Banking is a tough business. It's fraught with risk. It's one of the most regulated industries in the world. The competition is ruthless. 

Some institutions have proven capable of thriving even in such a challenging environment. Others have fallen short. 

Today I'll discuss three institutions -- Popular, Inc (NASDAQ:BPOP), First Bank (NYSE:FBP), and Bank of America (NYSE:BAC) -- that have had significant problems, each of which highlights a key fundamental in bank investing today. 

It all starts with credit quality
Fundamentally, banks are in the business of making loans. From the community bank in your town to the largest bank in the world, the whole operation pivots on the ability of the bank to make profitable loans that get repaid.  Sounds simple enough, but history has proven how challenging this can be.

Popular, Inc is a great example. This $35 billion Puerto Rican bank has a serious credit quality problem, partially due to poor credit approval standards and partly due to the economic problems present throughout the Puerto Rican economy. Using the ratio of the bank's non-performing assets -- that is, severely past-due loans plus foreclosures -- relative to its total assets, Popular is one of the worst-performing banks under FDIC supervision.

According to the bank's first-quarter regulatory report, that ratio stands at 2.97%. For context, Bank of America's NPA ratio was just 0.85% for the same period (we'll come back to B of A later for another reason).

The problem with these high levels of poor credit is twofold. First, if the bank can't fix or recover enough of the troubled loans, the resulting losses can put the very existence of the bank in jeopardy. Second, even if the bank can manage through the problems, it's forced to devote serious resources to manage these problems. That can put a serious drag on earnings.

The moment just prior to a bank's failure, courtesy of the Texas Ratio
In the late 1980s, Texas banks lowered their credit standards en masse to finance the booming oil and gas explosion in the state. As the decade came to a close, oil prices plummeted, and those same Texas banks found themselves in a world of hurt. 

Researchers found a common pattern among those Texas banks that first struggled and then failed. They could predict the likelihood of a bank's failure with reasonable accuracy using a single and pretty simple ratio.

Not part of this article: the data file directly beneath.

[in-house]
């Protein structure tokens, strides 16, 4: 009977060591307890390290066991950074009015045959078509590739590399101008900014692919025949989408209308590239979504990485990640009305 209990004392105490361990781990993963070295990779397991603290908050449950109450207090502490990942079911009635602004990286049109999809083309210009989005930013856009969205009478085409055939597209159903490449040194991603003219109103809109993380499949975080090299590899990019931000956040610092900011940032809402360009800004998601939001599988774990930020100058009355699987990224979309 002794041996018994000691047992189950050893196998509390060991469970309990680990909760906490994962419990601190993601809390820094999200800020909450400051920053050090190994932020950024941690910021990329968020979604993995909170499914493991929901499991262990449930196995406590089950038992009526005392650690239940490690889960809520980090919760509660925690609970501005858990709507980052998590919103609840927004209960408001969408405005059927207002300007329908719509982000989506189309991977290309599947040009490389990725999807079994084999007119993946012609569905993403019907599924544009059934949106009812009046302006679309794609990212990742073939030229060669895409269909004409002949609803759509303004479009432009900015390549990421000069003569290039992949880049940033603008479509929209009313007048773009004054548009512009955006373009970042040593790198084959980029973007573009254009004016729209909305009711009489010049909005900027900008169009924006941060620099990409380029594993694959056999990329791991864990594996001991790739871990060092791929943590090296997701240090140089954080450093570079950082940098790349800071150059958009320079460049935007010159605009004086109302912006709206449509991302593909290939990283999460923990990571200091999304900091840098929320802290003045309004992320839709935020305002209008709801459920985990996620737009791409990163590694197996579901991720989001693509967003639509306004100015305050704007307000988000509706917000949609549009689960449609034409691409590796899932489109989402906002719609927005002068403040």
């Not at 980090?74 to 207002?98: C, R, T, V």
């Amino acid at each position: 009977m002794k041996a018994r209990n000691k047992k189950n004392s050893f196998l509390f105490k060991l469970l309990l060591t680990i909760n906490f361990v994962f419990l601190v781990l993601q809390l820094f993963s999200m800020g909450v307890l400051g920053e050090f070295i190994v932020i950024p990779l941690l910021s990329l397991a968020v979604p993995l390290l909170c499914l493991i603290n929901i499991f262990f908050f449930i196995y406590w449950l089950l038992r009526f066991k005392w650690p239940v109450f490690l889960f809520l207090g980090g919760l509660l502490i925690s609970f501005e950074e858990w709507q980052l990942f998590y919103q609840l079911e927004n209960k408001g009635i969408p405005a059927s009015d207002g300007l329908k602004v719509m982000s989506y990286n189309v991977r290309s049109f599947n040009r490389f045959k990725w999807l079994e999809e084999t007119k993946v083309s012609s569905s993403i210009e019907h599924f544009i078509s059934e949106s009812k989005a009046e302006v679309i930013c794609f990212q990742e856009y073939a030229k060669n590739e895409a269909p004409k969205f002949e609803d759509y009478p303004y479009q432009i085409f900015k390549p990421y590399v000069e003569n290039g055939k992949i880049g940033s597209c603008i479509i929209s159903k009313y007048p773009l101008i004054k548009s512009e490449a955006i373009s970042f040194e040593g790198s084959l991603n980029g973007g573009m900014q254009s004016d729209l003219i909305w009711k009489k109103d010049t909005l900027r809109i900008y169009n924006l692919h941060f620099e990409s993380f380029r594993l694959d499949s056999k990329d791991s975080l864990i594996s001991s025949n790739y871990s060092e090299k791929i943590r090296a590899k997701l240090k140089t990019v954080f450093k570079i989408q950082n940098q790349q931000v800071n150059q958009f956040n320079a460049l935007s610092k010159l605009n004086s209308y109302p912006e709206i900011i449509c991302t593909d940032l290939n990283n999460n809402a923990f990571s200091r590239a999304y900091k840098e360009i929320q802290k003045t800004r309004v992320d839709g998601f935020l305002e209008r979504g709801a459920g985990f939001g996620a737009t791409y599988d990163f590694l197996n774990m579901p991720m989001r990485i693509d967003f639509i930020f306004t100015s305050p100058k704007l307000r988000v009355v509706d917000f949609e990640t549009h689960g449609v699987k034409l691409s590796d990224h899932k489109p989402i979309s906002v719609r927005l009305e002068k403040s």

The Texas ratio, as it came to be known, is calculated by taking a bank's non-performing assets and dividing it by the sum of the bank's tangible equity and loan loss reserves. In other words, it's all the bank's problems divided by its back-up funds. 

If the problems become too large relative to capital and loan loss reserves, generally defined as a Texas ratio of 100% or higher, then it's more than likely the bank will fail. It's not a certainty, but it's indicative of a bank in serious trouble.

Of the 100 largest U.S. banks, no institution currently has a Texas ratio above 100%. For that matter, only one has a ratio above 40%. That bank, First Bank, again of Puerto Rico, scores a ratio of 60%. While that doesn't put the bank in immediate danger of failing, it does raise a big red flag with the worse Texas ratio among FDIC regulated banks. 

The top banks are lean and mean. Others are, well, less so.
A high-performing bank will almost always be an efficient bank. We can measure this with another aptly named ratio, the efficiency ratio. The lower the ratio, the better the efficiency.

Obviously, lower costs relative to revenue means higher profit. But there's a more subtle benefit to efficiency at banks. 

When a bank operates with elite cost control, it doesn't need much revenue to meet profitability targets. That's key, because all revenue is not good revenue.

Remember our discussion of credit quality above? Originating a bad loan will bring in revenue for a while. But when that loan falls behind, the losses can exceed any revenue generated hundreds of times over. The best banks avoid the bad revenue from poorly underwritten loans. And they still profit handsomely thanks to low costs. 

Instead of chasing lower-quality loans that would fetch higher interest rates, the best banks can afford to be picky. They can make competitively priced offers and win the highest quality loans, nipping any non-performing assets in the bud. 

Enter Bank of America. As of the first quarter of this year, B of A's efficiency ratio was 73.3%, which is actually a significant improvement from the bank's 2014 first quarter result of 97.7%. B of A is the worst of the megabanks, with Wells Fargo, Citigroup, and JPMorgan Chase each trouncing B of A with efficiency ratios of 58.8%, 55%, and 60% respectively.

Each of the banks here have fundamental problems that are significantly holding back performance. Taken altogether, they serve as an excellent case study in the factors that drive both success and failure in banking.

As an investor, I'd avoid these stocks, and instead seek out alternative banks with a proven record of high credit standards, conservative capital structures, and an efficient income statement.